The days when having a pot shop in a map illustration is considered a rarity is coming to a close as the US works on proper legislation on legal marijuana across the country. One of the more recent efforts to proper legislation is in Chicago, where the city has just updated the areas in its territory where recreational marijuana cannot be sold.

The downtown area has its own exclusion zone, which ends at the west side of State Street as its western boundary, Division Street for the north, Lake Michigan itself for the eastern end, as well as the entire Loop down south to Van Buren.

Meanwhile, members of Chicago’s Black Caucus are still working to delay the sale of pot in the city until July 1, 2020, saying that they want to make sure that the city’s 11 dispensaries and minority business owners are on an even playing field when pot sales go live.

Black Caucus Chai Jason Ervin says that their end goal is to make sure that people like them actually make profit. The delay, he says, would allow black business owners to catch up with other operators.

Mayor Lori Lightfoot says that the solution might be in Springfield, with Mayor Lightfoot saying that, if the aldermen should’ve been more active in the legislation.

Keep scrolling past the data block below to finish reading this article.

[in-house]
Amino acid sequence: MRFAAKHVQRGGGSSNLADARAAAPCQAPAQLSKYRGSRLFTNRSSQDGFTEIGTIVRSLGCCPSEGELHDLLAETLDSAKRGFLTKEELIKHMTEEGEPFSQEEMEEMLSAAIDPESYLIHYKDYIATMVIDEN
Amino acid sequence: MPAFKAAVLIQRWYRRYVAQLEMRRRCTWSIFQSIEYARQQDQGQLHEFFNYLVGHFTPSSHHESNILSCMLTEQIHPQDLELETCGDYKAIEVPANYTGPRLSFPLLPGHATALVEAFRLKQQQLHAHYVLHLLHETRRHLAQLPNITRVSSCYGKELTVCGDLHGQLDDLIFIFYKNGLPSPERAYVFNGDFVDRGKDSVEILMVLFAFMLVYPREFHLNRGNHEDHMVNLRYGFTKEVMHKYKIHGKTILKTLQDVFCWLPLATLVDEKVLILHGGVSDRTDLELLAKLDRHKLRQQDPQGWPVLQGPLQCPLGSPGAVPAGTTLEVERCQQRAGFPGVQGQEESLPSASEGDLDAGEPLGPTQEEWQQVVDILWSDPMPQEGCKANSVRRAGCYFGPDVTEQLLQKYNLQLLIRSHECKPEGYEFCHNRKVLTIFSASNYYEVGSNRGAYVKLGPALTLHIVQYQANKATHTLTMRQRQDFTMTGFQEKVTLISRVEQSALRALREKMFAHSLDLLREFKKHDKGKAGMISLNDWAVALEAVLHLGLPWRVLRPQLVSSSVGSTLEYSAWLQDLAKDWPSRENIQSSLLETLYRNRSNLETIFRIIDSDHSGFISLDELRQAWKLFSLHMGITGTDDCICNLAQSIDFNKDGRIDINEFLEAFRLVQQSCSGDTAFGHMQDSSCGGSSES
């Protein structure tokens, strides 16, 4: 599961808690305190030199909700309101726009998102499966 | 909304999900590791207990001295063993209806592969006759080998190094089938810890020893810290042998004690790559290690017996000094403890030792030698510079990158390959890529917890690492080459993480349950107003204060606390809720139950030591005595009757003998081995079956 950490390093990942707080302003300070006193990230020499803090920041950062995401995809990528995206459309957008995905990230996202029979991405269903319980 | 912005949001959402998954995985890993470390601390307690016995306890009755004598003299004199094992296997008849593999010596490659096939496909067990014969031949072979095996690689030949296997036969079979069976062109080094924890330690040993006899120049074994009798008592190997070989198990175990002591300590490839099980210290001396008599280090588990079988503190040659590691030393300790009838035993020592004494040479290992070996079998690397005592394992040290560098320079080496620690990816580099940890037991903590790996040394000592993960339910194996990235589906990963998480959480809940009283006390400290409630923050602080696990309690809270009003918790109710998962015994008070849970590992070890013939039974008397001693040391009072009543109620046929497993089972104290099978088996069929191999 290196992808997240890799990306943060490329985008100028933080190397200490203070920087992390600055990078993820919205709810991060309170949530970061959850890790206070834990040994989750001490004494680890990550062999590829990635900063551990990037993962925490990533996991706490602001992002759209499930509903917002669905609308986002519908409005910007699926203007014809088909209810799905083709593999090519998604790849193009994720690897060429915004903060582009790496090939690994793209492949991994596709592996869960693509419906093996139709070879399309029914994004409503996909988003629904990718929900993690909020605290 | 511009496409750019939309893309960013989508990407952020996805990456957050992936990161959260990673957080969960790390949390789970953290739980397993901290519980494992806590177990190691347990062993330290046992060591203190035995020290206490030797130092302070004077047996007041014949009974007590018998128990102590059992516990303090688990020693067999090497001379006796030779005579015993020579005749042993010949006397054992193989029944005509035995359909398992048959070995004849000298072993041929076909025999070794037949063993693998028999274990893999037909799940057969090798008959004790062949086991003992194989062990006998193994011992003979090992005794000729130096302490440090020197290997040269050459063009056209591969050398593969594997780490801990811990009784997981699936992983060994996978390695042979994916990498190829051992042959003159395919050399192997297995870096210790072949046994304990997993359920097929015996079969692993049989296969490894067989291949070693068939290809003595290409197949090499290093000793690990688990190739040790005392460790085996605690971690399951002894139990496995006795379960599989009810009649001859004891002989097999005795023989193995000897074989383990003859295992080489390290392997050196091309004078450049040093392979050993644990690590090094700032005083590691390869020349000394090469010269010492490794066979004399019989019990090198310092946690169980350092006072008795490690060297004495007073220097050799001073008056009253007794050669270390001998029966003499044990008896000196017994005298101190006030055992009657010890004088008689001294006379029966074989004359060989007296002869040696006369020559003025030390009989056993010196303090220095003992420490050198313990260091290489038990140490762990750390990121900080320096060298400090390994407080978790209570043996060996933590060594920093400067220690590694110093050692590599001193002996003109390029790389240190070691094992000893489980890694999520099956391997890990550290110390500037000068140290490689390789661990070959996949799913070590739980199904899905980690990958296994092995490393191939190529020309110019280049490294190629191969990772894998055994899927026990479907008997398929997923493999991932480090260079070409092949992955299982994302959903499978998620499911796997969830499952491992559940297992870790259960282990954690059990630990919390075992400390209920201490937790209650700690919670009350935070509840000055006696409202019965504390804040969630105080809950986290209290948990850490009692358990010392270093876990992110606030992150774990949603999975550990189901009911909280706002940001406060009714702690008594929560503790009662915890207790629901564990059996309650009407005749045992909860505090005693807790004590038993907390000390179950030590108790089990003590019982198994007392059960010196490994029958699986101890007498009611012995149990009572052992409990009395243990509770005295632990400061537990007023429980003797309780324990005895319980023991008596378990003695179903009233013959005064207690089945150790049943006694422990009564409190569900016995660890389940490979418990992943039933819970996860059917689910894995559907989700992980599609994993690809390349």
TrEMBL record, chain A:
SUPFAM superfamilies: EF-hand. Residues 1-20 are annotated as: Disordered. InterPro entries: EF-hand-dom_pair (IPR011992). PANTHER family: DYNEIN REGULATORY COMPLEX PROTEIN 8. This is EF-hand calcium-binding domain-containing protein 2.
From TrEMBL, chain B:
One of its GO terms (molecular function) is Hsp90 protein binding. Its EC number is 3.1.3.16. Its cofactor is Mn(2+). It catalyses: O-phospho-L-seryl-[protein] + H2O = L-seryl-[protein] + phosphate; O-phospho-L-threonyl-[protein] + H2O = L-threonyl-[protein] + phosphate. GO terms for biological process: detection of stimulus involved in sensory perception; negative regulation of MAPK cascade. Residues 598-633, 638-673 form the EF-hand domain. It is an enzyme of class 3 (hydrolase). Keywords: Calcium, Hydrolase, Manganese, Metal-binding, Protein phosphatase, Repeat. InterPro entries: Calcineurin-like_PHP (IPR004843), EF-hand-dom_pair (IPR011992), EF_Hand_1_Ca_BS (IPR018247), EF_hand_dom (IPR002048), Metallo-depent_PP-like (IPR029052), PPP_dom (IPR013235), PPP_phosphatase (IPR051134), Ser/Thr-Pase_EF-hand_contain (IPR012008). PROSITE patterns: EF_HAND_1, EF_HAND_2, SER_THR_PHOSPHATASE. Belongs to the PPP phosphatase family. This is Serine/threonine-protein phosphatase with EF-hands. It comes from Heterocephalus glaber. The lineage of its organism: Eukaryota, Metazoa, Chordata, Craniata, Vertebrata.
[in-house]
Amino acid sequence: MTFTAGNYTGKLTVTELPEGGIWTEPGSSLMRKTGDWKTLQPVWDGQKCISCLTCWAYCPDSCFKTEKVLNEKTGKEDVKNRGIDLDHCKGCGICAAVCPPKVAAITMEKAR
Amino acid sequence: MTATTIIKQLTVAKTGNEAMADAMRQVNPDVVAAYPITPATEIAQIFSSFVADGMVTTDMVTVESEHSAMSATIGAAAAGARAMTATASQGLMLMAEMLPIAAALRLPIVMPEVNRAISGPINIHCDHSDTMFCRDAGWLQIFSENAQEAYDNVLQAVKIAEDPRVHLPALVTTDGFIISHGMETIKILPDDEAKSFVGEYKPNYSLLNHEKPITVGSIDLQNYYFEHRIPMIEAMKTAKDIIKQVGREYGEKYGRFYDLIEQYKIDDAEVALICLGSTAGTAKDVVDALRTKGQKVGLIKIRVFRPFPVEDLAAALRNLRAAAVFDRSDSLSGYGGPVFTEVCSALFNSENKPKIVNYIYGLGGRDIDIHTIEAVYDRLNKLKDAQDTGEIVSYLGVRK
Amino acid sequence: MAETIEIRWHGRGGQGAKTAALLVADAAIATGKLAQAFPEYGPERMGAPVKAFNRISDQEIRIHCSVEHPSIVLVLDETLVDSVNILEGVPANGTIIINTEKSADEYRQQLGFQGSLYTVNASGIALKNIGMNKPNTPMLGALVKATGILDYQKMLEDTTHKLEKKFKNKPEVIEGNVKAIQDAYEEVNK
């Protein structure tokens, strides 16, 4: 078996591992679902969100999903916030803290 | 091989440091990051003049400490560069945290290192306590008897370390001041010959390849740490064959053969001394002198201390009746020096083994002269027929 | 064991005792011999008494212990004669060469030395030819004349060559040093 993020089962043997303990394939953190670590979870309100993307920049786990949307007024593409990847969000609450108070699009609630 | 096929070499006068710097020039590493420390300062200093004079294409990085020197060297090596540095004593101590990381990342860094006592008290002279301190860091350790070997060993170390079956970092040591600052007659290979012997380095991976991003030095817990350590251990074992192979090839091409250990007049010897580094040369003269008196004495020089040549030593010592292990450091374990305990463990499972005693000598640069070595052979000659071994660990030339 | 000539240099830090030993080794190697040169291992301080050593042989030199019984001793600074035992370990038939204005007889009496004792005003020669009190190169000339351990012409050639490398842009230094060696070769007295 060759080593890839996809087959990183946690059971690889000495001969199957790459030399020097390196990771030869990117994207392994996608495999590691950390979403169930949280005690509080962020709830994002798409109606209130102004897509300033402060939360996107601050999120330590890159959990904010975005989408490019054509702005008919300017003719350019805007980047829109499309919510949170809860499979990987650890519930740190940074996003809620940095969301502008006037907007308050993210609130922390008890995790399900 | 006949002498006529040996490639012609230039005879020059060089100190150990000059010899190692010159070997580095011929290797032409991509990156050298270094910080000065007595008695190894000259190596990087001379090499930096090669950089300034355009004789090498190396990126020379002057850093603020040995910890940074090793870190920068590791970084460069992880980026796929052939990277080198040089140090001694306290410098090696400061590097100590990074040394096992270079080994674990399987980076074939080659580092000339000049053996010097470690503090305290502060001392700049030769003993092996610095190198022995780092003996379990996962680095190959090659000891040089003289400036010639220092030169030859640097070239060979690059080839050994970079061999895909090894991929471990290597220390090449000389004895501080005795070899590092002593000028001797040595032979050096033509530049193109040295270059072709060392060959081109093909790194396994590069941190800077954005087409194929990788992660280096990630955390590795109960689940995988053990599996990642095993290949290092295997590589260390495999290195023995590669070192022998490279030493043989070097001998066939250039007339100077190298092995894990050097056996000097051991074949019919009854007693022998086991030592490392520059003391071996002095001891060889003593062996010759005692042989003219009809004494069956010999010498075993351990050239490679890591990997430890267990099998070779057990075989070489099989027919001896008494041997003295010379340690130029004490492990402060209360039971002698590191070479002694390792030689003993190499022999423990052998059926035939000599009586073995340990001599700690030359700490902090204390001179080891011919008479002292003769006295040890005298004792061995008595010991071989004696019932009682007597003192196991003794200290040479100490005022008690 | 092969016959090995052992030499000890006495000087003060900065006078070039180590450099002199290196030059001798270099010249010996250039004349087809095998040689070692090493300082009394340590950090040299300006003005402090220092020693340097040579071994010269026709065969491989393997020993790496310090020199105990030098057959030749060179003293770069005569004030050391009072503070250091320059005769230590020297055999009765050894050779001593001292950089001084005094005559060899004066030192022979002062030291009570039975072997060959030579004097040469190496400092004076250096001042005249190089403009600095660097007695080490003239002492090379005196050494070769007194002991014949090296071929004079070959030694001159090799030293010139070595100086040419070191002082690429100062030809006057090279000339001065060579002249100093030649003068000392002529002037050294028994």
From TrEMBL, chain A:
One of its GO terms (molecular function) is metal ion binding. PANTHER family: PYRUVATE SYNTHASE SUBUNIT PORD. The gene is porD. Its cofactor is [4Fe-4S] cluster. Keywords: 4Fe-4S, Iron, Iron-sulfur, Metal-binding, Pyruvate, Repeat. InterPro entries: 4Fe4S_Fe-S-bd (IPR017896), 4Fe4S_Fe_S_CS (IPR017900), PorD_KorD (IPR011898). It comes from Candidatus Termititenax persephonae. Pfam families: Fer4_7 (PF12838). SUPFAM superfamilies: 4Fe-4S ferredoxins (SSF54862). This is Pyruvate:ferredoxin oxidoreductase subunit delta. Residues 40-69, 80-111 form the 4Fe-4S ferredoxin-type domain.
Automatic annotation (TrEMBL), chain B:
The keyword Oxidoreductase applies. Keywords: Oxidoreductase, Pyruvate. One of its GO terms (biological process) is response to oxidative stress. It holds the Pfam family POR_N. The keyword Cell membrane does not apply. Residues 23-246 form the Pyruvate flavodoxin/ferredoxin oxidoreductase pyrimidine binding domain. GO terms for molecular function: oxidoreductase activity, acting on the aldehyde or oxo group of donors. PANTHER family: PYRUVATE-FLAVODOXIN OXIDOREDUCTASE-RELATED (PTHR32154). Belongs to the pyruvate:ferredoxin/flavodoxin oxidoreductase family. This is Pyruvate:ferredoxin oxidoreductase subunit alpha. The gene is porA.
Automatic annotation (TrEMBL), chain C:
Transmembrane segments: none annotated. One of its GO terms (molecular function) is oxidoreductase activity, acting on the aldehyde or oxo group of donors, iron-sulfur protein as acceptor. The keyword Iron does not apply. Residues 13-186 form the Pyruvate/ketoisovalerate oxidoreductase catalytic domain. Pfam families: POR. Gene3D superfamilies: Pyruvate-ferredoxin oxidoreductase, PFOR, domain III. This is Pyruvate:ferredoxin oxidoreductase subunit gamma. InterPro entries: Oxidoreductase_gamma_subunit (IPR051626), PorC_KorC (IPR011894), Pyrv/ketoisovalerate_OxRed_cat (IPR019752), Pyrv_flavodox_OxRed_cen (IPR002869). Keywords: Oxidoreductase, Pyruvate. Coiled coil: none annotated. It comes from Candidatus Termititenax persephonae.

Ervin says that they weren’t late, adding that the law allowed for some flexibility on the matter, emphasizing that the zoning aspect on the matter needs to go through, and people that want to participate need to know where these are.

Cannabis shops can open outside these zones, but they need to go through the Chicago Zoning Board of Appeals, or attempt to change zoning then go to the Board. Prior iterations of the city rules allow for more cannabis businesses to set up shop in Chicago’s manufacturing areas, adding pot shops to city map illustration, without additional approvals.

The new rules were considered a great compromise by Alderman, with people noting that most of the 11 dispensaries operating in Chicago are run by white males, noting that there’s a lot that people can do to let people talk about their perspective on equity.